A simple tutorial in Nuke on how to clone from one area of a moving image to another, using 2D tracking and stabilization, and basic compositing. Uses a shot from The Hotdog Cycle, produced by The Last Quest in Seattle.

thelastquest.org

This video is also on my website in a post about cleanup work in visual effects.
jedypod.com/nuke-vfx-cleanup/

Update: 2011-05-23
I have learned a lot since I made this tutorial, and wanted to point out something. The method I am using to stabilize the plate and then invert the stabilization will result in a loss of quality.

Stabilizing results in a "filter hit" for the entire image, and then inverting the stabilization creates another filter hit. A filter hit is when a 2D transformation is applied to the image. In Nuke you have the choice between many different filtering methods, such as Cubic, Riffman, Parzen, etcetera. They vary in sharpening, but all will degrade your image.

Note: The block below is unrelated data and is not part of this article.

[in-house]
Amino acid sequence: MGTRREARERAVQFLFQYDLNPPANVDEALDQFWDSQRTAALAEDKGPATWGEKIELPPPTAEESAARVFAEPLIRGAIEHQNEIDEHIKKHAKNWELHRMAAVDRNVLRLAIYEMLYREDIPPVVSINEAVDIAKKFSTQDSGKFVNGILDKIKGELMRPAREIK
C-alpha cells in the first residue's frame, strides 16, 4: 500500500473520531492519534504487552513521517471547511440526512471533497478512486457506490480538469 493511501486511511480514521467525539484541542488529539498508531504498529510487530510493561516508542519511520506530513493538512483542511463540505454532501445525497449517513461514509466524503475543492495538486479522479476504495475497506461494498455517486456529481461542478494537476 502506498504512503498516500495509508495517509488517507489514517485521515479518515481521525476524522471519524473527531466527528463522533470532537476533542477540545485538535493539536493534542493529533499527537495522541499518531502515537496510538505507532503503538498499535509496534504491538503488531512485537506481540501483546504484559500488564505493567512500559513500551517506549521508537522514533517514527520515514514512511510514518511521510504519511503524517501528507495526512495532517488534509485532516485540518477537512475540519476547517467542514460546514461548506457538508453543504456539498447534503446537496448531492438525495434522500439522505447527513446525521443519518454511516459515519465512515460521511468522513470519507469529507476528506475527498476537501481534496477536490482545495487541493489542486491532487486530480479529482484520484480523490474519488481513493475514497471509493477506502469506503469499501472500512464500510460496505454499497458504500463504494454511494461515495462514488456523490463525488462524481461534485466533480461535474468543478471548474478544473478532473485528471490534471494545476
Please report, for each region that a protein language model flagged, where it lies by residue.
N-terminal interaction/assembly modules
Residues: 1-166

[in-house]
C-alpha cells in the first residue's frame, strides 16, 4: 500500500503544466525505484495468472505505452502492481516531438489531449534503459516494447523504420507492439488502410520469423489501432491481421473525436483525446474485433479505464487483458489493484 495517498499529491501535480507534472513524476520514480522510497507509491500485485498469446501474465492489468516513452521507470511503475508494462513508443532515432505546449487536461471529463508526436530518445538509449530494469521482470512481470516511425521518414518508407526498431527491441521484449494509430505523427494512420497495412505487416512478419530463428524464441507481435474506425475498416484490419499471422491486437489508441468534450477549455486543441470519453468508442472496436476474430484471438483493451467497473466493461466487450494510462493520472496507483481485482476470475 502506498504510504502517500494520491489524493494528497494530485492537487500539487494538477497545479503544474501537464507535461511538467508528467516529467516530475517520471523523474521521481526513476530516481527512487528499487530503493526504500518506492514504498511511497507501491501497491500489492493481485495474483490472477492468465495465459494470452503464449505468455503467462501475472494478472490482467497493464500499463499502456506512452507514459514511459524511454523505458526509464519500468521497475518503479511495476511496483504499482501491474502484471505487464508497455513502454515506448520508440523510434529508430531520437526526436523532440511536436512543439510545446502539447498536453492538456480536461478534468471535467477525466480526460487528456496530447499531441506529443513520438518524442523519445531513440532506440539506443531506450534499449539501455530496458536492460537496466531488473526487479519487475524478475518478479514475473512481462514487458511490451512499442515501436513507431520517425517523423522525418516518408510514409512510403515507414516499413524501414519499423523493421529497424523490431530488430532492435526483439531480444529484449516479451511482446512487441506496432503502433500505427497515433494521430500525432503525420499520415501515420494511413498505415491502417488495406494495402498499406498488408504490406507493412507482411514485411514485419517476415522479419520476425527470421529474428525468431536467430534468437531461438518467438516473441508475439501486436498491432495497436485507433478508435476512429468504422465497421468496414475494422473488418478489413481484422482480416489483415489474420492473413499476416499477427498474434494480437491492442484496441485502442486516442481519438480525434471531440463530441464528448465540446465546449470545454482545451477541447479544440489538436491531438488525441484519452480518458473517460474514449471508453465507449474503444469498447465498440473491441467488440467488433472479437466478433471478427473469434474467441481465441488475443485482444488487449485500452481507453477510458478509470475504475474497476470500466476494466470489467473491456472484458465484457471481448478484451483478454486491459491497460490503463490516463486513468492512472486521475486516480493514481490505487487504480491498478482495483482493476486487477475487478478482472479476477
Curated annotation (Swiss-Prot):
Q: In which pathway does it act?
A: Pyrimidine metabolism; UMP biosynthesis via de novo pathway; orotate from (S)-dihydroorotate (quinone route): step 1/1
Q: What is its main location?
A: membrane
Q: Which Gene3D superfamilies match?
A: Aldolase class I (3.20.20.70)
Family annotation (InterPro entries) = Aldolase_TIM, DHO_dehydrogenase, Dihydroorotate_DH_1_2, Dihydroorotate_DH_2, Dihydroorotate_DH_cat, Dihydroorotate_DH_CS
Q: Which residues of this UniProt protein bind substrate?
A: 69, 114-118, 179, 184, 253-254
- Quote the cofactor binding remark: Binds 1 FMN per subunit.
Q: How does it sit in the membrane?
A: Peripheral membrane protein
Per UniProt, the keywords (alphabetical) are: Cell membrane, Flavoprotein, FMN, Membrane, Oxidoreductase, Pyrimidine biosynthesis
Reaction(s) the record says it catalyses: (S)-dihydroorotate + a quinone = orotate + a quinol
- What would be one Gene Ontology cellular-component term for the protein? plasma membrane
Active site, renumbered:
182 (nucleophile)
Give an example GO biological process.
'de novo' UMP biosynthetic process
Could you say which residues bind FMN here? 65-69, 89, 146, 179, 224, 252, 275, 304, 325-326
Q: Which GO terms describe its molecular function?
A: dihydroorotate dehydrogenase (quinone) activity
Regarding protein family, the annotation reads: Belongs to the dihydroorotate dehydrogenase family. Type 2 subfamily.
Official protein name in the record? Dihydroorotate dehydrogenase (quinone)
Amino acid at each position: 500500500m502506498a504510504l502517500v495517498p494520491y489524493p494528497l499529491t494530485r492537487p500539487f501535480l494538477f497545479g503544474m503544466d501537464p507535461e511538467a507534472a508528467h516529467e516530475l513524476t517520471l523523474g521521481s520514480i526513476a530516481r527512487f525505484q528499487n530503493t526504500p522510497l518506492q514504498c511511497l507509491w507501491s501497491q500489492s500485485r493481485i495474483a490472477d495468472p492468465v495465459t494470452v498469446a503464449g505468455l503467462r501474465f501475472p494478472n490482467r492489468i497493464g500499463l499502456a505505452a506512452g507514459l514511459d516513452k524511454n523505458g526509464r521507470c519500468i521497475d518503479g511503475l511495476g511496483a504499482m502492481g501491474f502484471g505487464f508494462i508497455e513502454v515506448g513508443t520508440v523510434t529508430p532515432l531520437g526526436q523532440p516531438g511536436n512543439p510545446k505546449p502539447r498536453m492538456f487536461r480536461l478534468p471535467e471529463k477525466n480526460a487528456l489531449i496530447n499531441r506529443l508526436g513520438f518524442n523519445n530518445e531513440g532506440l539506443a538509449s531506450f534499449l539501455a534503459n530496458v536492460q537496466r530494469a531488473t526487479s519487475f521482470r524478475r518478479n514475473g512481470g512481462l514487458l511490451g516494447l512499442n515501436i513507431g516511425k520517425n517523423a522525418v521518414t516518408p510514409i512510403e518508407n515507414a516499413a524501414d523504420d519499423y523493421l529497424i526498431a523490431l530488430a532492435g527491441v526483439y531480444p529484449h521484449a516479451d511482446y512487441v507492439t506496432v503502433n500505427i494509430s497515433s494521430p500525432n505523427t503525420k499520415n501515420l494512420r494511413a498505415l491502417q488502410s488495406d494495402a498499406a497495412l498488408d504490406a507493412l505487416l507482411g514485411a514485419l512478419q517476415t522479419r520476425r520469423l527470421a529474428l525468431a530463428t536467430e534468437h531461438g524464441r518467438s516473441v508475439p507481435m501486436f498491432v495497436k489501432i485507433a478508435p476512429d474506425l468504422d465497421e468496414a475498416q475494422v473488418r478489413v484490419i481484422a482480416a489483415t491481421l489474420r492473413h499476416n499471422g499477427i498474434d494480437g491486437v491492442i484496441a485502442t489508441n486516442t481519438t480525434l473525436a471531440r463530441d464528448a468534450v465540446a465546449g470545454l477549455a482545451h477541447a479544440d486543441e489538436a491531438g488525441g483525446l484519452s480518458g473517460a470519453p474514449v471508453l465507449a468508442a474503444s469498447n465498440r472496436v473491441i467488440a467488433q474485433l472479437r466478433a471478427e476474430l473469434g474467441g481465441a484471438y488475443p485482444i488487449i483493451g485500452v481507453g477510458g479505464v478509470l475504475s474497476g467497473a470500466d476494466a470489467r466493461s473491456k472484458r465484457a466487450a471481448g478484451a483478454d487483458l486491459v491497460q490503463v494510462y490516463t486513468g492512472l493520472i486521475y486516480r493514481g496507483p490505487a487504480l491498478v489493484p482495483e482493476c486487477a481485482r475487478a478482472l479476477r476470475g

A better approach would be to create a tracker, or bring in a cornerpin track from Mocha, but matchmove only the part of the image you are altering on top of the original plate. This will result in the least image degradation.

There are a lot of other things about this little tutorial I would do differently now also. The new "clone from source" feature of roto nodes in Nuke 6 would make doing this technique possible in a lot fewer nodes than I am using.

Perhaps I will make some better tutorials when I have time soon!

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